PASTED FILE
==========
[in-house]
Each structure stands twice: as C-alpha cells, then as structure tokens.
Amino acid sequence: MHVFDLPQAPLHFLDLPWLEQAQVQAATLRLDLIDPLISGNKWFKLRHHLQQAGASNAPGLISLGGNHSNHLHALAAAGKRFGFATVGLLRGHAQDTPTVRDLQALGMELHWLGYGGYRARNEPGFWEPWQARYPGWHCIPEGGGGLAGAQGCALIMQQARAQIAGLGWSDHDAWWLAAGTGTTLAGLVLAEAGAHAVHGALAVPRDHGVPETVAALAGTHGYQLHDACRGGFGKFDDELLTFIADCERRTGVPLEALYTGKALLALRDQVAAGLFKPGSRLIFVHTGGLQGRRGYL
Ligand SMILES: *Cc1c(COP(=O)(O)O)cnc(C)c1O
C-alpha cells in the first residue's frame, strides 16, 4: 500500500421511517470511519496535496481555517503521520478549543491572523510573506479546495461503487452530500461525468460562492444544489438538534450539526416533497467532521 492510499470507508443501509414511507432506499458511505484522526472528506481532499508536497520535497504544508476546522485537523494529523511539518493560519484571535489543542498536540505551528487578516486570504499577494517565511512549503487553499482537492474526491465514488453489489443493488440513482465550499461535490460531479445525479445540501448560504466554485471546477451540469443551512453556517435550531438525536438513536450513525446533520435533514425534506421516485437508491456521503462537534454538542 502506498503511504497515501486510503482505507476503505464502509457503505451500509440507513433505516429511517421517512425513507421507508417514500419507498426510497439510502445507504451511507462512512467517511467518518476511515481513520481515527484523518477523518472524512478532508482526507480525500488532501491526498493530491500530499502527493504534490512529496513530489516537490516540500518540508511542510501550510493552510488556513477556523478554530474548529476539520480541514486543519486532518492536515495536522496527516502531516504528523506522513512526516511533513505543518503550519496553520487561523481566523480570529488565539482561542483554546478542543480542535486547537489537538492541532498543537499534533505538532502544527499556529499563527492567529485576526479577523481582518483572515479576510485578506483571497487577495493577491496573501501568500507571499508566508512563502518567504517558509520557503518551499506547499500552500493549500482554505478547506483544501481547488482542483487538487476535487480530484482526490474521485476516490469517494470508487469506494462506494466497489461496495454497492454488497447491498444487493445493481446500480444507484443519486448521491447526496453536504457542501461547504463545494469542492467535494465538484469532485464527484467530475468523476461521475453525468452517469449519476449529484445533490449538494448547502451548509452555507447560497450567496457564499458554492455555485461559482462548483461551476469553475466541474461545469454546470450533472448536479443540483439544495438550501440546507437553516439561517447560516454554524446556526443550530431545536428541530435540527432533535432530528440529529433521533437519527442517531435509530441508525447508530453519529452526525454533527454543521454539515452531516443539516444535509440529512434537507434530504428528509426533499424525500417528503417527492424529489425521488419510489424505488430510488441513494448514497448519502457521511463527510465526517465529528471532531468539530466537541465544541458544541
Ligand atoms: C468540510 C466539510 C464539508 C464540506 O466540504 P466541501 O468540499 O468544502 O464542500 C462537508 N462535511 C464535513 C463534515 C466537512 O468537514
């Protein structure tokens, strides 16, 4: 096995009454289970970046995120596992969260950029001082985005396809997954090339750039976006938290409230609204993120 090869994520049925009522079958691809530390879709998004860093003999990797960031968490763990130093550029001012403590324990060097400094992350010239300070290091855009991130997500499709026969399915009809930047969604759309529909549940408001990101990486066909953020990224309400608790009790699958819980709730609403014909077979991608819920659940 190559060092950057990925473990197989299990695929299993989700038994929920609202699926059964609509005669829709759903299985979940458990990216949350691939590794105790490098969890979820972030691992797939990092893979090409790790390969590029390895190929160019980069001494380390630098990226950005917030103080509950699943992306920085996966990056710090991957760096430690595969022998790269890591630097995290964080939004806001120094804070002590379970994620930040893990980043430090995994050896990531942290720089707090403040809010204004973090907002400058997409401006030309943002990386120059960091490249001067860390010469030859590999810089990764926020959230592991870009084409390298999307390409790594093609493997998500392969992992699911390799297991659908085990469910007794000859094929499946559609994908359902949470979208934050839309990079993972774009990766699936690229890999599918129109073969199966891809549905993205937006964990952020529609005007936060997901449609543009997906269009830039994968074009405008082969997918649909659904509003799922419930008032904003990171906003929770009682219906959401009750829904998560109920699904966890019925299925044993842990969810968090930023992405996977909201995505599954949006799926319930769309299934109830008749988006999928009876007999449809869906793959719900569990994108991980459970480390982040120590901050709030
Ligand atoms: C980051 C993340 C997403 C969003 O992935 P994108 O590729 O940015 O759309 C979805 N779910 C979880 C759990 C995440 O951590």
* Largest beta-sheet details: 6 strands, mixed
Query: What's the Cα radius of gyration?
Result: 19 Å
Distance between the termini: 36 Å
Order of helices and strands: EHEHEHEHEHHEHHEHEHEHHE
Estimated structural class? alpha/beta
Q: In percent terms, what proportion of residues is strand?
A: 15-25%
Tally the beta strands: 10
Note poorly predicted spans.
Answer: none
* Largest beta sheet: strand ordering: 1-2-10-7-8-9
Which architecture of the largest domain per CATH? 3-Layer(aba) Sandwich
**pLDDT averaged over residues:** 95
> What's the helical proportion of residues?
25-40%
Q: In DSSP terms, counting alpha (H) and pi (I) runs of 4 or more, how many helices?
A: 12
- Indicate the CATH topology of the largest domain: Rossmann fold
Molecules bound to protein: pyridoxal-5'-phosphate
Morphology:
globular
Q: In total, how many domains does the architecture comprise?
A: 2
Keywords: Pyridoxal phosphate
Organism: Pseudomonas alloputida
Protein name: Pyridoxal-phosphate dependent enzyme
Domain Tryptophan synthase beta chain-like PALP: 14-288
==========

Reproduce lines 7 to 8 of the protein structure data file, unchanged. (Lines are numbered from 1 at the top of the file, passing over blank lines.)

């Protein structure tokens, strides 16, 4: 096995009454289970970046995120596992969260950029001082985005396809997954090339750039976006938290409230609204993120 090869994520049925009522079958691809530390879709998004860093003999990797960031968490763990130093550029001012403590324990060097400094992350010239300070290091855009991130997500499709026969399915009809930047969604759309529909549940408001990101990486066909953020990224309400608790009790699958819980709730609403014909077979991608819920659940 190559060092950057990925473990197989299990695929299993989700038994929920609202699926059964609509005669829709759903299985979940458990990216949350691939590794105790490098969890979820972030691992797939990092893979090409790790390969590029390895190929160019980069001494380390630098990226950005917030103080509950699943992306920085996966990056710090991957760096430690595969022998790269890591630097995290964080939004806001120094804070002590379970994620930040893990980043430090995994050896990531942290720089707090403040809010204004973090907002400058997409401006030309943002990386120059960091490249001067860390010469030859590999810089990764926020959230592991870009084409390298999307390409790594093609493997998500392969992992699911390799297991659908085990469910007794000859094929499946559609994908359902949470979208934050839309990079993972774009990766699936690229890999599918129109073969199966891809549905993205937006964990952020529609005007936060997901449609543009997906269009830039994968074009405008082969997918649909659904509003799922419930008032904003990171906003929770009682219906959401009750829904998560109920699904966890019925299925044993842990969810968090930023992405996977909201995505599954949006799926319930769309299934109830008749988006999928009876007999449809869906793959719900569990994108991980459970480390982040120590901050709030
Ligand atoms: C980051 C993340 C997403 C969003 O992935 P994108 O590729 O940015 O759309 C979805 N779910 C979880 C759990 C995440 O951590």